CriticalDance Forum

"Swan Lake" in London - 2003
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Author:  Stuart Sweeney [ Fri Aug 08, 2003 12:11 am ]
Post subject:  Re: "Swan Lake" in London - 2003

Casting for Swan Lake - 8th August


Odette / Odile Daria Pavlenko

Prince Siegfried Igor Kolb

Queen Mother Elena Bazhenova

Tutor Pyotr Stasiunas

Jester Andrei Ivanov

Von Rothbart Ivan Popov

Prince’s Friends Irina Zhelonkina, Irina Golub,
Vassily Scherbakov

Cygnets Irina Golub, Svetlana Ivanova,
Elena Vasyukovich, Elena Sheshina

Big Swans Nadezhda Gonchar, Tatiana Tkachenko,
Viktoria Tereshkina, Ekaterina Kondaurova

Two Swans Irina Golub, Nadezhda Gonchar

Spanish Dance Galina Rakhmanova, Natalia Tsyplakova,
Islom Baimuradov, Vassily Scherbakov

Neapolitan Dance Yana Selina, Maxim Khrebtov
Hungarian Dance Polina Rassadina, Artem Yachmennikov

Mazurka Ekaterina Kondaurova, Ekaterina Mikhailovtseva,
Ketevan Papava, Ekaterina Kovaleva,
Andrei Yakovlev, Igor Nikitin,
Alexander Klimov, Soslan Kulayev

and Artists of The Kirov Ballet

Approximate timings:
Act I 65 minutes
Interval 25 minutes
Act II 40 minutes
Interval 25 minutes
Act III 20 minutes

Author:  Emma Pegler [ Fri Aug 08, 2003 8:53 am ]
Post subject:  Re: "Swan Lake" in London - 2003

Kirov versus Bolshoi, indeed. I spent the evening with Rusian friends who know dancers from both. We were talking about Ms Zakharova and her imminent move to the Bolshoi. Why is she going I asked? They believe that the Bolshoi probably offers more money and is more inclined to allow the dancers to guest with other companies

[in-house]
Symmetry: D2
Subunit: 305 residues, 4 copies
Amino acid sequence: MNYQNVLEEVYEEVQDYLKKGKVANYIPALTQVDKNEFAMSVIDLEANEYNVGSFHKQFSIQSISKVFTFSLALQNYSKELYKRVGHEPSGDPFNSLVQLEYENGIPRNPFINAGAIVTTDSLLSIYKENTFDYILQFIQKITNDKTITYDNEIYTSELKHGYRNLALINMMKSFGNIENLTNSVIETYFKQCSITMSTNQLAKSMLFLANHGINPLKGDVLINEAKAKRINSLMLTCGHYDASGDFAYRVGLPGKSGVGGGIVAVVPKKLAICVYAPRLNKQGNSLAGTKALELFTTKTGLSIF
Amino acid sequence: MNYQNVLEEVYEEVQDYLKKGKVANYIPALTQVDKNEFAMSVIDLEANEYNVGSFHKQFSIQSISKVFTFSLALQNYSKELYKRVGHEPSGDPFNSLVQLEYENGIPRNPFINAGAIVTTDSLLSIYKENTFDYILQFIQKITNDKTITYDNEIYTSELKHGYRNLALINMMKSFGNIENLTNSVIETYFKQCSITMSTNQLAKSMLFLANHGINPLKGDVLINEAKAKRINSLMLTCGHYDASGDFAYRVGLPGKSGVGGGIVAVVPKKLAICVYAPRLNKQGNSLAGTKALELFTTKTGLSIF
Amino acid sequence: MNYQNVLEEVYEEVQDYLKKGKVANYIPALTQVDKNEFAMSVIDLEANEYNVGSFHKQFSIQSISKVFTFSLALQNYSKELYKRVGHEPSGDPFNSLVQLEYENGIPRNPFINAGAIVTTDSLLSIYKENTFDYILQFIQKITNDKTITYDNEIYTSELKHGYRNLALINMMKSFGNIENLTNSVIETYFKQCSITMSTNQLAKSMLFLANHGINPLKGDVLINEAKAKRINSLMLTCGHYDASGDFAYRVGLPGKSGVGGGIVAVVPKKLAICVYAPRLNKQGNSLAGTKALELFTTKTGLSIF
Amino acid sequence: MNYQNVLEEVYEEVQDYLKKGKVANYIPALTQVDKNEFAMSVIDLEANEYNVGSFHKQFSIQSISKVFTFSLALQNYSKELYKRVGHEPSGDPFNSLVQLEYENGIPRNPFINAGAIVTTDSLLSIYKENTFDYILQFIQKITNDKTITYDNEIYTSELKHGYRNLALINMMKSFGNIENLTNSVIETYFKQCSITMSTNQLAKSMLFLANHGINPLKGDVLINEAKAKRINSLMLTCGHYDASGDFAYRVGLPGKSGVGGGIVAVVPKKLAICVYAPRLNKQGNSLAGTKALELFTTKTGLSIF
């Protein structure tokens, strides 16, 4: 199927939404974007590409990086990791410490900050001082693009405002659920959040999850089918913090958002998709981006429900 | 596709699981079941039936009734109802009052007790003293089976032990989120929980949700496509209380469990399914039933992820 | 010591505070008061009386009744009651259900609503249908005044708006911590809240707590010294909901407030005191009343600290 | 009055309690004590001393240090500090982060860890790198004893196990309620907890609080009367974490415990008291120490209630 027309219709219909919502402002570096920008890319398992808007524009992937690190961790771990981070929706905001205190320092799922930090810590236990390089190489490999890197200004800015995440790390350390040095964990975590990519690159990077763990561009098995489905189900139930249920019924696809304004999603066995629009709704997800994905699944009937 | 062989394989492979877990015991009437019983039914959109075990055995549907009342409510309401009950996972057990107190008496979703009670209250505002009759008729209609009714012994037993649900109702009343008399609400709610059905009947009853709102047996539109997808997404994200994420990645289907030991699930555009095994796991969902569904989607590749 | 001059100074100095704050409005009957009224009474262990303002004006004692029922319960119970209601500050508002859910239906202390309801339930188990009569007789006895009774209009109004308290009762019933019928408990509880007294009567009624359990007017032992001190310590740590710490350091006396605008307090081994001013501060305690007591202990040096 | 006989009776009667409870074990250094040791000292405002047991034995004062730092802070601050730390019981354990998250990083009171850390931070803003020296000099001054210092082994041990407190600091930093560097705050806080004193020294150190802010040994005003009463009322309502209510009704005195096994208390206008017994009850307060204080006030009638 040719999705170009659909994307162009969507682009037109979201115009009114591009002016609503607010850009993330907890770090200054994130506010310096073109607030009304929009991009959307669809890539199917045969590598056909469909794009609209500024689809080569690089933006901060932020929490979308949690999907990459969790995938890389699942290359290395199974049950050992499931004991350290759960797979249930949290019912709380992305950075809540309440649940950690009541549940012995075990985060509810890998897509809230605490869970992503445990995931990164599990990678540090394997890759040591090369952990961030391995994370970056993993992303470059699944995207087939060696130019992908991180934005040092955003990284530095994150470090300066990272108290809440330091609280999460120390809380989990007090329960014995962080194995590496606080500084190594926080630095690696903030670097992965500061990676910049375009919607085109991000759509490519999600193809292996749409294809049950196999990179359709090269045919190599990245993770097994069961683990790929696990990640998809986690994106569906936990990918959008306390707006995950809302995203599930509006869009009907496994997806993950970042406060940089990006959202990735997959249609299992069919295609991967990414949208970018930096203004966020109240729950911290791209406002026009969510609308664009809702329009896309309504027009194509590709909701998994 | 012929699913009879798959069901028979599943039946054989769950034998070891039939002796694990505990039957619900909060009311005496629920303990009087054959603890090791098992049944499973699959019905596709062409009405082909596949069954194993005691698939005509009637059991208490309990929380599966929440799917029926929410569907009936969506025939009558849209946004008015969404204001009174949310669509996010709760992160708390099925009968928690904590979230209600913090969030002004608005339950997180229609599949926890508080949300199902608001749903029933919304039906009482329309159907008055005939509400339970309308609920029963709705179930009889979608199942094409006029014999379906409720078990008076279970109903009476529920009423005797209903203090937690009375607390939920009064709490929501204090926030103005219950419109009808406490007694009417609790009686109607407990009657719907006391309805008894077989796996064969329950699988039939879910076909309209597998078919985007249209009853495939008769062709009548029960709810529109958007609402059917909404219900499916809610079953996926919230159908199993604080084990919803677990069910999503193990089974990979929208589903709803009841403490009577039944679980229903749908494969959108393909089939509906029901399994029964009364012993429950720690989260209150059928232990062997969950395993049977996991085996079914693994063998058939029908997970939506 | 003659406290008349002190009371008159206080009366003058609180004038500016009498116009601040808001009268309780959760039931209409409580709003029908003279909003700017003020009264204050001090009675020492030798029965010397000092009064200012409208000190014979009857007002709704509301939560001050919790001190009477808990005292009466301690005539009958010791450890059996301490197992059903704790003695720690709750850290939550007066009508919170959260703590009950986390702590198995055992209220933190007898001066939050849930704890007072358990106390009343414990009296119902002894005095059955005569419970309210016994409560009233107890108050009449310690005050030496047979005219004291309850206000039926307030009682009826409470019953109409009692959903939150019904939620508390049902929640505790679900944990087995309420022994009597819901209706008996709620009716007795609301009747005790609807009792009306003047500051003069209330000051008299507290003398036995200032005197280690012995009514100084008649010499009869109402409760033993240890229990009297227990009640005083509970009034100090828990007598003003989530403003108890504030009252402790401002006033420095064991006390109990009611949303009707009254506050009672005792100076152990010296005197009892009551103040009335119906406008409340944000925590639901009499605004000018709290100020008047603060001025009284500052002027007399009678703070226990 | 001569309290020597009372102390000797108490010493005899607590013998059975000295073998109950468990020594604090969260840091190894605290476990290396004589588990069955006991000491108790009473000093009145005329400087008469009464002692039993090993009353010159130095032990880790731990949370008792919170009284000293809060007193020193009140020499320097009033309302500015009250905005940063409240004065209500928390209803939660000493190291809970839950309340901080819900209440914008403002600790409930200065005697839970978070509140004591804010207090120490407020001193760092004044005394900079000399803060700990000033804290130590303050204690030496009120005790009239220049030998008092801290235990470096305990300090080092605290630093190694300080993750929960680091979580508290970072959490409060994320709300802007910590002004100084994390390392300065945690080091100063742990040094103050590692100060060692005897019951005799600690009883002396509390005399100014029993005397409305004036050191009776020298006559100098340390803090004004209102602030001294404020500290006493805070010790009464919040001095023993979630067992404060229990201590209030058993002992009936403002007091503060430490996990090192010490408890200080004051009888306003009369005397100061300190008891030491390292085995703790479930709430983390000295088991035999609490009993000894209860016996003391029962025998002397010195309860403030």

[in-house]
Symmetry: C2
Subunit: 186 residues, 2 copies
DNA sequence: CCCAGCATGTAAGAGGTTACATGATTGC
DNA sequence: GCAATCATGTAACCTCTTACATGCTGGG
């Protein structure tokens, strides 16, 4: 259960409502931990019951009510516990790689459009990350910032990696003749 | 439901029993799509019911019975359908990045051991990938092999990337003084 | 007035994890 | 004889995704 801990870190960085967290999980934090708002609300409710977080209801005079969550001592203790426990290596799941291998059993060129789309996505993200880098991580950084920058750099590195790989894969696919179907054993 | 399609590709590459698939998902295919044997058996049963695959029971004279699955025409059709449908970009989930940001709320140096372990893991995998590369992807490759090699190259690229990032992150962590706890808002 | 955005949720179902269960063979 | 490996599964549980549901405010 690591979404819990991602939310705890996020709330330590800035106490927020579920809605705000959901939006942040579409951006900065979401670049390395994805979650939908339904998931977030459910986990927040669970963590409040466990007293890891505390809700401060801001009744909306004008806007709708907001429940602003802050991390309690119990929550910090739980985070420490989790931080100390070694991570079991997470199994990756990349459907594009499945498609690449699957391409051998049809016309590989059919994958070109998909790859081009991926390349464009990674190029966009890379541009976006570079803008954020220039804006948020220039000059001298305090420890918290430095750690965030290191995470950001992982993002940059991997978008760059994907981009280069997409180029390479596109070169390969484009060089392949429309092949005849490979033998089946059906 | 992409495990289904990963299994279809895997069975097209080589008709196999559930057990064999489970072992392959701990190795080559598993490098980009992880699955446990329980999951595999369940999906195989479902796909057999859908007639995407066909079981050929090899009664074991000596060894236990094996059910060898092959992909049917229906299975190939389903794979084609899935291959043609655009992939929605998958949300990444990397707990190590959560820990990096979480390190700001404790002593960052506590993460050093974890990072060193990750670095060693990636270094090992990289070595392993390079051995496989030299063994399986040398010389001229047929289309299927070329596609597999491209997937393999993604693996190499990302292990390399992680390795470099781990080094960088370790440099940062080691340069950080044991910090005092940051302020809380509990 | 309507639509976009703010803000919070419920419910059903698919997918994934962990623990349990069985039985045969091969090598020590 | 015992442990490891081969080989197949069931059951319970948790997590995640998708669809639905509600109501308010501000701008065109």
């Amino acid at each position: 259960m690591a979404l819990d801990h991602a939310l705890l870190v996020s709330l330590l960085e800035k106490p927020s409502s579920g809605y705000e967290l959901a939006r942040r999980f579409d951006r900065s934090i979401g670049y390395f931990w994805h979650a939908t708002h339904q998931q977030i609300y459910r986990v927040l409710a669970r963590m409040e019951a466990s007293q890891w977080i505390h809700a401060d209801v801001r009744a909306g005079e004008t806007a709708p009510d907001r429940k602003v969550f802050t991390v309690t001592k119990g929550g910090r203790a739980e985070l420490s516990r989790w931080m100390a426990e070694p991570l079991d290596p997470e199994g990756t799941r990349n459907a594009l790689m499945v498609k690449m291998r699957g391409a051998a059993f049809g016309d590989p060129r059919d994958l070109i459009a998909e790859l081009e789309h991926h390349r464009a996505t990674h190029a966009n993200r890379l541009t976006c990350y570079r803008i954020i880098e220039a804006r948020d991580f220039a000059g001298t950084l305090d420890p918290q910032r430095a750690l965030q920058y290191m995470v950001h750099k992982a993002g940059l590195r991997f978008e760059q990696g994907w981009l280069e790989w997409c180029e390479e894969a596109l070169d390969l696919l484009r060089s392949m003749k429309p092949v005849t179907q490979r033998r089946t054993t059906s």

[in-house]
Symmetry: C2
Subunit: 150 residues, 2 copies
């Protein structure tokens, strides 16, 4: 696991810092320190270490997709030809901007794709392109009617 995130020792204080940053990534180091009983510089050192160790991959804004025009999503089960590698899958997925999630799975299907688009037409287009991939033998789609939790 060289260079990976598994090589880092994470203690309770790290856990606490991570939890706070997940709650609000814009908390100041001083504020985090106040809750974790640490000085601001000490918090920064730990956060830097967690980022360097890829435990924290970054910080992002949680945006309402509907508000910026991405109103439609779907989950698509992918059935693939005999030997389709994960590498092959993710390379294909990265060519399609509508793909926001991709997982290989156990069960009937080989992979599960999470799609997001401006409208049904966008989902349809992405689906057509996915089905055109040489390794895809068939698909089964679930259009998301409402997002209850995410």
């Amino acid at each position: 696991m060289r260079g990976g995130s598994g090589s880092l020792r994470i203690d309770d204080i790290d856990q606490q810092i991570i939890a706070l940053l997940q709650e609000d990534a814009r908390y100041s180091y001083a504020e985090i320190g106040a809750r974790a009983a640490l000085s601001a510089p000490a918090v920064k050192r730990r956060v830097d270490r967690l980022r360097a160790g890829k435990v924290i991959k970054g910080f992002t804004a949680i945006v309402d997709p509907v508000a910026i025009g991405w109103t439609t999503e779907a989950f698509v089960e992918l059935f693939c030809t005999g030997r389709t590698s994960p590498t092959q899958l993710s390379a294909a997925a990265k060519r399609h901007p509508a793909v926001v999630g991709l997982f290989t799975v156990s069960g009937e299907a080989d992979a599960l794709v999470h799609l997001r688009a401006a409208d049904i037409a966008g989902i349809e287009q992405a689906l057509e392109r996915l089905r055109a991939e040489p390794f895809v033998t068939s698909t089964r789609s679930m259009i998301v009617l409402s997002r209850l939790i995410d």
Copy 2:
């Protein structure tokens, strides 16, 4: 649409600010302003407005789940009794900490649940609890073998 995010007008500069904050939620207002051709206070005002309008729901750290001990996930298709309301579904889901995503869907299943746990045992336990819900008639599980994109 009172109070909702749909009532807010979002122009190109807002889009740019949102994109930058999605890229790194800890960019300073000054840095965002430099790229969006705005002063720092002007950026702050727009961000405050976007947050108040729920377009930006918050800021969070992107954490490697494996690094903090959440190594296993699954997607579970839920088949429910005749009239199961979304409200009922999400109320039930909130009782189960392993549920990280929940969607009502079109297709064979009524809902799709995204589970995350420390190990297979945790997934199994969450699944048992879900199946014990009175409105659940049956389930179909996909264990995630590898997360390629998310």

Author:  Matthew [ Fri Aug 08, 2003 10:53 am ]
Post subject:  Re: "Swan Lake" in London - 2003

I wonder how the up and coming soloists at the Bolshoi feel when a new principle gets a principle slot. I suppose that is the reality of the dance world, but it must be politically difficult for the Artisitc Director.

Author:  Catherine Pawlick [ Fri Aug 08, 2003 7:07 pm ]
Post subject:  Re: "Swan Lake" in London - 2003

Hm, I don't think it's so different in American ballet companies: you'll always have principals transferring or guesting elswhere. Kind of like hiring a new VP into a corporation where he has never worked before, but he gets in "above" all the laymen. It seems a global issue.

As for Zakharova, I doubt it would be either financial or for guesting purposes. The Kirov allows its principals to guest, as does the Bolshoi (witness Zelensky, Ruzimatov and Makhalina for example). And I'd be surprised if the economic situations were drastically different, as they're both partially state supported. Who knows... artistic freedom, personal preference? It is a good question.

Author:  Emma Pegler [ Sat Aug 09, 2003 1:16 am ]
Post subject:  Re: "Swan Lake" in London - 2003

Inside track is that it is more money and more freedom. The Kirov is much more controlled and disciplined. I think there is more guesting from the Bolshoi, isn't there?

Author:  Catherine Pawlick [ Sun Aug 10, 2003 9:42 am ]
Post subject:  Re: "Swan Lake" in London - 2003

Hmm, maybe. Its just surprising to me, because she very well could have had a guesting clause in her contract at the Kirov. (i.e. it isn't as if it's *not at all* allowed there) Its quite possible the Bolshoi is more open to it and that the Kirov is open to it "on paper". (??)

Author:  Stuart Sweeney [ Sun Aug 10, 2003 11:07 pm ]
Post subject:  Re: "Swan Lake" in London - 2003

Kevin Ng interviewed Svetlana Zakharova for and in this part she discusses the reasons for the move to the Kirov:

I think it best that we now simply accept what she has said on this matter.

<small>[ 11 August 2003, 01:17 AM: Message edited by: Stuart Sweeney ]</small>

Author:  Cassandra [ Mon Aug 11, 2003 7:49 am ]